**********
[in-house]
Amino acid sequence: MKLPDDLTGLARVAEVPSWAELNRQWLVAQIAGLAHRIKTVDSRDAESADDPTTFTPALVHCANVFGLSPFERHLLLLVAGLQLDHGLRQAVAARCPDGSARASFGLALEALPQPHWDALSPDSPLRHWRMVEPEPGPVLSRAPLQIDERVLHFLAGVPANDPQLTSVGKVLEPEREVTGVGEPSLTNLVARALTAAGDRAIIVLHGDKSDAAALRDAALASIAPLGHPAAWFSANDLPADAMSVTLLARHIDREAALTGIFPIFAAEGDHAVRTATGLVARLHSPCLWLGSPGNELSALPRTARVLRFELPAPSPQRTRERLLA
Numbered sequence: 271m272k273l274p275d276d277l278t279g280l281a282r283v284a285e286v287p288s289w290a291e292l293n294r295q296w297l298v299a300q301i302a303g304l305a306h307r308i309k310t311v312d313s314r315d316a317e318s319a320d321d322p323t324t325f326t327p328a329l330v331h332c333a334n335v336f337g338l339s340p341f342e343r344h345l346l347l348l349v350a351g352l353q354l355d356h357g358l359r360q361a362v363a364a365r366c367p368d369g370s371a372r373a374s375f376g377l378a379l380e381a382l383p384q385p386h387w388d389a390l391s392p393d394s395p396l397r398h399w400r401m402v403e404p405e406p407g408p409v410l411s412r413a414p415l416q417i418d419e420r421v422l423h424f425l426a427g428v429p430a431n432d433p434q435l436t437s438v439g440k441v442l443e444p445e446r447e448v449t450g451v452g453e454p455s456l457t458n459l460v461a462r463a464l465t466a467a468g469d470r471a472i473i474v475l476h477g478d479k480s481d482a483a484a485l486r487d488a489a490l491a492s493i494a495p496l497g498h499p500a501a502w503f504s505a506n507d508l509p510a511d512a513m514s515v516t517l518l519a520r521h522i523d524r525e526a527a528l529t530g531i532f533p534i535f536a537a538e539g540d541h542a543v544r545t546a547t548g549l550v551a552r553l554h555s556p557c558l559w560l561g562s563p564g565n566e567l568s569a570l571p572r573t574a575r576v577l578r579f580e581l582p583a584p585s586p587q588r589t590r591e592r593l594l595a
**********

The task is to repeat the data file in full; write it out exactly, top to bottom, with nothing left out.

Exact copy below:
[in-house]
Amino acid sequence: MKLPDDLTGLARVAEVPSWAELNRQWLVAQIAGLAHRIKTVDSRDAESADDPTTFTPALVHCANVFGLSPFERHLLLLVAGLQLDHGLRQAVAARCPDGSARASFGLALEALPQPHWDALSPDSPLRHWRMVEPEPGPVLSRAPLQIDERVLHFLAGVPANDPQLTSVGKVLEPEREVTGVGEPSLTNLVARALTAAGDRAIIVLHGDKSDAAALRDAALASIAPLGHPAAWFSANDLPADAMSVTLLARHIDREAALTGIFPIFAAEGDHAVRTATGLVARLHSPCLWLGSPGNELSALPRTARVLRFELPAPSPQRTRERLLA
Numbered sequence: 271m272k273l274p275d276d277l278t279g280l281a282r283v284a285e286v287p288s289w290a291e292l293n294r295q296w297l298v299a300q301i302a303g304l305a306h307r308i309k310t311v312d313s314r315d316a317e318s319a320d321d322p323t324t325f326t327p328a329l330v331h332c333a334n335v336f337g338l339s340p341f342e343r344h345l346l347l348l349v350a351g352l353q354l355d356h357g358l359r360q361a362v363a364a365r366c367p368d369g370s371a372r373a374s375f376g377l378a379l380e381a382l383p384q385p386h387w388d389a390l391s392p393d394s395p396l397r398h399w400r401m402v403e404p405e406p407g408p409v410l411s412r413a414p415l416q417i418d419e420r421v422l423h424f425l426a427g428v429p430a431n432d433p434q435l436t437s438v439g440k441v442l443e444p445e446r447e448v449t450g451v452g453e454p455s456l457t458n459l460v461a462r463a464l465t466a467a468g469d470r471a472i473i474v475l476h477g478d479k480s481d482a483a484a485l486r487d488a489a490l491a492s493i494a495p496l497g498h499p500a501a502w503f504s505a506n507d508l509p510a511d512a513m514s515v516t517l518l519a520r521h522i523d524r525e526a527a528l529t530g531i532f533p534i535f536a537a538e539g540d541h542a543v544r545t546a547t548g549l550v551a552r553l554h555s556p557c558l559w560l561g562s563p564g565n566e567l568s569a570l571p572r573t574a575r576v577l578r579f580e581l582p583a584p585s586p587q588r589t590r591e592r593l594l595a